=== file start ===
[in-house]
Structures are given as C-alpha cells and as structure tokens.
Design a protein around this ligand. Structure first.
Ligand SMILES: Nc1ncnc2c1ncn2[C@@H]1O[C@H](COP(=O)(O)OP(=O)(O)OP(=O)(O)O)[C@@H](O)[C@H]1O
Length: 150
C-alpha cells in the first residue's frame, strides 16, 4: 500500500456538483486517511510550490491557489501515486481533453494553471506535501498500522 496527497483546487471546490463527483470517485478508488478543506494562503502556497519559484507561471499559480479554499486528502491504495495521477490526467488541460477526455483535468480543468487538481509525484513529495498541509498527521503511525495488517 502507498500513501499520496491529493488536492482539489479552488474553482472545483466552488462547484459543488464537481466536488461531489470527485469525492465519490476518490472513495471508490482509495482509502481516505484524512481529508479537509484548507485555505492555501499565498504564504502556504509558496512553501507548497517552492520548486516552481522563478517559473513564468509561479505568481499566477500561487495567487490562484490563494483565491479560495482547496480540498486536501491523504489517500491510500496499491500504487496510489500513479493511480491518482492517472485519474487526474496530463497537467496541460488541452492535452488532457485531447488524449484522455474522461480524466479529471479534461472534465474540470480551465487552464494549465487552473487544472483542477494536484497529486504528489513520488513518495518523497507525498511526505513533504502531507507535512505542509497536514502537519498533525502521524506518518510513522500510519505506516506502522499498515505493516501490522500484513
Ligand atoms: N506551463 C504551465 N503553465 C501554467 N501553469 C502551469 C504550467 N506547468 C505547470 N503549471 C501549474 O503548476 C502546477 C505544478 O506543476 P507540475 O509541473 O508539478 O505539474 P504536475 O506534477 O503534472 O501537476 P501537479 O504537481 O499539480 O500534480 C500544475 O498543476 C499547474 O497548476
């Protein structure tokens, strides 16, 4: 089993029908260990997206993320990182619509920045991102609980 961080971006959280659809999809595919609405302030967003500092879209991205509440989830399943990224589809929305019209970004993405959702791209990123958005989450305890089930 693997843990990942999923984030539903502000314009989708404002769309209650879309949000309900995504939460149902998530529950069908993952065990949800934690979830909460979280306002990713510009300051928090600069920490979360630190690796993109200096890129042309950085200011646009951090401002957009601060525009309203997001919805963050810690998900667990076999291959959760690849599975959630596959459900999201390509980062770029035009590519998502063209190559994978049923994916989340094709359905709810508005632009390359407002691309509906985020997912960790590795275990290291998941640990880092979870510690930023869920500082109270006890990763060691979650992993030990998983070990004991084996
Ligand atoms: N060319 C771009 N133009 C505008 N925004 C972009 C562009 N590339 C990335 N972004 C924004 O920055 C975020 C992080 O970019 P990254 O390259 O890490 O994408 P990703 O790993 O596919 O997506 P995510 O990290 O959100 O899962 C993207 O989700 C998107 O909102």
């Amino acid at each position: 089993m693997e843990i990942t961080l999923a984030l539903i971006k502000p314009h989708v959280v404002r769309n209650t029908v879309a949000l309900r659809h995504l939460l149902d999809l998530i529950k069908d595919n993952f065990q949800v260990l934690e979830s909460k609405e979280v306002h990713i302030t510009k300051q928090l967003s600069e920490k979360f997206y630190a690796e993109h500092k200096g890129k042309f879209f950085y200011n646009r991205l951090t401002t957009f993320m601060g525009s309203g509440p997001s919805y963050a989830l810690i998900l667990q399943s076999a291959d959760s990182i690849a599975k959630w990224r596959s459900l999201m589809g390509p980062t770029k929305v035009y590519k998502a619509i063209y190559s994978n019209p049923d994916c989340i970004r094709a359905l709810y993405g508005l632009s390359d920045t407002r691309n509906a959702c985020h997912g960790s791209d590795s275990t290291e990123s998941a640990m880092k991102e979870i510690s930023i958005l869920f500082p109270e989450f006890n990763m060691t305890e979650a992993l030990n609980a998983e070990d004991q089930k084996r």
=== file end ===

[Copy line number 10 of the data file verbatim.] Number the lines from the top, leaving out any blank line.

């Amino acid at each position: 089993m693997e843990i990942t961080l999923a984030l539903i971006k502000p314009h989708v959280v404002r769309n209650t029908v879309a949000l309900r659809h995504l939460l149902d999809l998530i529950k069908d595919n993952f065990q949800v260990l934690e979830s909460k609405e979280v306002h990713i302030t510009k300051q928090l967003s600069e920490k979360f997206y630190a690796e993109h500092k200096g890129k042309f879209f950085y200011n646009r991205l951090t401002t957009f993320m601060g525009s309203g509440p997001s919805y963050a989830l810690i998900l667990q399943s076999a291959d959760s990182i690849a599975k959630w990224r596959s459900l999201m589809g390509p980062t770029k929305v035009y590519k998502a619509i063209y190559s994978n019209p049923d994916c989340i970004r094709a359905l709810y993405g508005l632009s390359d920045t407002r691309n509906a959702c985020h997912g960790s791209d590795s275990t290291e990123s998941a640990m880092k991102e979870i510690s930023i958005l869920f500082p109270e989450f006890n990763m060691t305890e979650a992993l030990n609980a998983e070990d004991q089930k084996r």